I love getting wax-dipped wine bottles! They symbolize a rich tradition of bottling and shipping.
Historically, wax protected corks from rodents in the wine cellar. Today, wine has wax caps for four reasons: 1) wax protects corks from mold that can taint wine, 2) wax adds a barrier to prevent air entering, 3) wax shields corks from long-aged bottles, and 4) wax is part of the bottle’s marketing design (most common).
Here’s what you need to know about wax on wine bottles.
- Why Are Some Wine Bottles Sealed with Wax?
- What Kind of Wax Is Used on Wine Bottles?
- Should you seal wine bottles with wax?
- How do they dip wine bottles in wax?
- How Do You Open a Wax-sealed Wine Bottle?
Why Are Some Wine Bottles Sealed with Wax?
Corks were invented in the late 1600s when glass manufacturers figured out how to make bottles that were all the same shape. People could store their wine bottles in attacks and basements, but mice and rats would chew through the corks.
By adding wax toppers, people stopped the rats and mice from destroying their corks and wine.
Before this invention of wine bottles and corks, you’d stuff a bit of rag into the neck of the bottle and call it a day.
As for wine quality, well… yeah. Not so much.
Fast forward several hundred years and thankfully most of us are fortunate enough not to have to worry about rats in our basements accosting our Cabernet, but the use of wax persists.
Why Do Wine Bottles Have Wax? Marketing
Wine bottle closures have one purpose: to keep air out and wine fresh. Today, the majority of waxed wines you see in the store are part of the marketing and package design.
Wax conveys gravitas.
We automatically connect wax with heritage – a brand story, whether real or invented – that adds prestige, elegance, and therefore more value, to the wine.
We are willing to pay more money for wax-dipped wine bottles.
Different Wine Brands Have Different Wax Styles
When used as part of package design, wax adds a unique look to bottles that helps them stand out on store shelves. Some bottles come with dainty dollops, a bit like a coquettish cocktail dress.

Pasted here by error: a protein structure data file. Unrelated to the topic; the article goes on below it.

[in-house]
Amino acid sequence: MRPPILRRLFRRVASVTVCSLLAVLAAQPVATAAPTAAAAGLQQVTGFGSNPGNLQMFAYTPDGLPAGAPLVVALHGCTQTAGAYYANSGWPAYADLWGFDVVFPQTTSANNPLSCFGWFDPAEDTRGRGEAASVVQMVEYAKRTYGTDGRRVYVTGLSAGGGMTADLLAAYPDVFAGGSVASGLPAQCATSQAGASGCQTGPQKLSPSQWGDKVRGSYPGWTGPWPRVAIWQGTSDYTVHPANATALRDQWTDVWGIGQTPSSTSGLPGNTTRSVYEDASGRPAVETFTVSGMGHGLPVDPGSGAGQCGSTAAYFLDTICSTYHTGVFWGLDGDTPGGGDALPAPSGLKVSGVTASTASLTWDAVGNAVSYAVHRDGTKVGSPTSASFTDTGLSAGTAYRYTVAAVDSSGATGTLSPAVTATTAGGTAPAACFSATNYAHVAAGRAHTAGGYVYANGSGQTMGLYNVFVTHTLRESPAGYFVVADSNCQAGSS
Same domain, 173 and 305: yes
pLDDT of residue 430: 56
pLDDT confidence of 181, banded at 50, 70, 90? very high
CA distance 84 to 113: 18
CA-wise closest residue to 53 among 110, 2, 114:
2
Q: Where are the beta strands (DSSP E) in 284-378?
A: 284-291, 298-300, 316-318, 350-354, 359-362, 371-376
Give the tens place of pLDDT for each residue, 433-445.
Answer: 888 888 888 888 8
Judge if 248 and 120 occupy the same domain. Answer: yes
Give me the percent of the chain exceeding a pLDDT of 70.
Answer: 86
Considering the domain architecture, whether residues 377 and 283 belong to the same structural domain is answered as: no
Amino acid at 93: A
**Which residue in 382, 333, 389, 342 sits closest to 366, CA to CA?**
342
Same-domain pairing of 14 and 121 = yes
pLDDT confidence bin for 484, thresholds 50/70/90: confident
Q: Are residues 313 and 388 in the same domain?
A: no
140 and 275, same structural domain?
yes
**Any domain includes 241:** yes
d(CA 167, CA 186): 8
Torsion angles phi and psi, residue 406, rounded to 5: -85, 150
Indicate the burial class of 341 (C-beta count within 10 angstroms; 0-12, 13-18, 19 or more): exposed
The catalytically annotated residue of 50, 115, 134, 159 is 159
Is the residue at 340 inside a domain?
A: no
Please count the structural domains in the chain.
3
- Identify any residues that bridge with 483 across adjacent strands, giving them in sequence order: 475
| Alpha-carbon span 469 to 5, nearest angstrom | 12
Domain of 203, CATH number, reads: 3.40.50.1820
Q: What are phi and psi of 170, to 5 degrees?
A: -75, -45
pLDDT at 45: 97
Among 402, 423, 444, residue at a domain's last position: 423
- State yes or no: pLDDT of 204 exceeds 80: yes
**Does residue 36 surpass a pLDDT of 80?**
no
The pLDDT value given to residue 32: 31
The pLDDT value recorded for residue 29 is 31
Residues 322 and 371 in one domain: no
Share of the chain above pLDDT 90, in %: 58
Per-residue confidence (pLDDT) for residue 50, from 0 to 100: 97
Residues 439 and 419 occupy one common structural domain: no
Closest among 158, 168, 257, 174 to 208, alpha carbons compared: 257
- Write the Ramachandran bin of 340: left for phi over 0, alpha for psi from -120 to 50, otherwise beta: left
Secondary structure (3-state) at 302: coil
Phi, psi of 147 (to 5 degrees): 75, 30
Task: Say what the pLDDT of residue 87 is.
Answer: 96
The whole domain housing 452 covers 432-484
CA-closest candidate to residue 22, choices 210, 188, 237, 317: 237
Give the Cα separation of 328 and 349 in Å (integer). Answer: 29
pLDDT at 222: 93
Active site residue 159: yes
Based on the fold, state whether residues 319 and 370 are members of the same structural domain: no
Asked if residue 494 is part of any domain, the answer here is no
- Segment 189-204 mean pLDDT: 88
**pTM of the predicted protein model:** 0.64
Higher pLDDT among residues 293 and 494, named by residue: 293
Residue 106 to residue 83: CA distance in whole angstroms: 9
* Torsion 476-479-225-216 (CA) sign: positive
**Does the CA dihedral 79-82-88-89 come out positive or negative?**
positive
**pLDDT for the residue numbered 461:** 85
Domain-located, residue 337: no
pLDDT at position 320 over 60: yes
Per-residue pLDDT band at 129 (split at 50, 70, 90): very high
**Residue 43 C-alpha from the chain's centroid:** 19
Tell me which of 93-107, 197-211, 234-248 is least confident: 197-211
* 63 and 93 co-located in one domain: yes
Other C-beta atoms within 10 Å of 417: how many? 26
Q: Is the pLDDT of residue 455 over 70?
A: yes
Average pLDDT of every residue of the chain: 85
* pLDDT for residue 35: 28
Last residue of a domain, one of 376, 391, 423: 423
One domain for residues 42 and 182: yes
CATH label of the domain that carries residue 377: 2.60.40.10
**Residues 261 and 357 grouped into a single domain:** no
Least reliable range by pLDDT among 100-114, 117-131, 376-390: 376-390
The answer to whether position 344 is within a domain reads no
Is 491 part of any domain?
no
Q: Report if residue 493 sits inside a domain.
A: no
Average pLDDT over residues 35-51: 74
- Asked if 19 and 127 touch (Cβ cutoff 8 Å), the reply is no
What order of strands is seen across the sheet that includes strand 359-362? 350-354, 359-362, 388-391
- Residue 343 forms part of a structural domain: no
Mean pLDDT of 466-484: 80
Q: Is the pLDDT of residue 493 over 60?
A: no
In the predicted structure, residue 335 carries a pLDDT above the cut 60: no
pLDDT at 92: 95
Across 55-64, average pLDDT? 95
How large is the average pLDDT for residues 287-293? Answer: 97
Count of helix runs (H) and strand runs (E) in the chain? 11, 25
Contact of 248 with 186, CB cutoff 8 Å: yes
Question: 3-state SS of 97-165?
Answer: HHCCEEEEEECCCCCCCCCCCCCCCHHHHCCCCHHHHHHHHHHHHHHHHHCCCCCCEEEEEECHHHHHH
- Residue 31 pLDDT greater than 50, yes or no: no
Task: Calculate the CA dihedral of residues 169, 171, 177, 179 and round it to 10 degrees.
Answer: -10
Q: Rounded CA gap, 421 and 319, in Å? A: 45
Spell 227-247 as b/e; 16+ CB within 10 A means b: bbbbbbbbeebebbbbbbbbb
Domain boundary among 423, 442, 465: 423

You can still see the sexy curve of the bottle neck. Other bottles flaunt outrageous swoops of wax – the Cardi B. Met Gala of wax jobs (external link), screaming for attention: Look at me!
Why Do Wine Bottles Have Wax? To Protect Wines for Long Aging
Rioja wines have lengthy aging requirements – some bottles need aging for 5+ years. In this case, using wax can actually serve a purpose.
If you’re a fan of Spanish Rioja wines, you’ve heard of R. López de Heredia, (external link), a multi-generational wine producer.
Lopez de Heredia ages wines for 6, 8, and 10+ years in dank cellars with high humidity. Mold slowly envelops the bottle’s exterior and will taint the wines if left unprotected.
A wax seal ensures the cork maintains its integrity through the aging process.
This is a uniquely storied winery, though, with ancient moldering cellars.
Helpful Tip: Here’s a fun post that takes a peak at Rioja’s wine history and how it got to be the dominant quality Spanish wine region that it is today. If you like history and wine, this post’s for you!
So, what’s with all the wax?
In the words of a dear friend, the magic ingredient is marketing…
What Kind of Wax Is Used on Wine Bottles?
Commercial-grade bottle wax is a mixture of materials. Bottle wax commonly uses rosin, paraffin wax, and microcrystalline wax.
Should you seal wine bottles with wax?
If you’re a home winemaker and thinking about sealing your wine bottles with wax, the question you need to ask yourself is: How long will my wine age? Most wines don’t last more than a few years and wine isn’t necessary. If you’re holding onto your bottles for 5-10+ years, you may want to experiment with wax.
How do they dip wine bottles in wax?
Boutique wineries will hand-dip their top-tier wines. The bottle gets a gentle dip into a pot of melted wax, lifted out with a deft twist, and then receives a follow-up dunk into a bowl of cold water to set the wax. Wineries with any sizeable level of production automate the process.
Check out this little mé·nage à trois dipping action with @hasherfamilyestate.
How Do You Open a Wax-sealed Wine Bottle?
Check out this 1 minute video on how to open your next waxed wine bottle – full disclosure, I struggled with this one, but it’s still fun!
Wax comes in two varieties: hard wax and soft wax.
- Hard Wax: If you find yourself with a hard wax, deep breath. It’s time to channel your inner medieval stonemason and get busy. First, try to chip away at the seal lightly but with conviction using the handle of your corkscrew. If you’re so inclined, you can wrap the bottle in a plastic bag or place the bottle in the sink for this step to prevent the wax from flying everywhere. If that doesn’t work, try putting the corkscrew right through the wax.
- Soft Wax: Soft wax is much friendlier and easier to remove. Simply put the corkscrew through the wax into the cork as you normally would a non-wax bottle and open it up. The cork may even have a small pull tab embedded within as an assist.
Thirsty for More?
I know that when I was first getting into wine I had so many different questions about bottle quality and what I was paying for. Here’s one that may interest you: Does sediment in wine mean it’s good?
And, because we’re on the topic of money and wine, here’s a quick post: Are wine clubs worth it?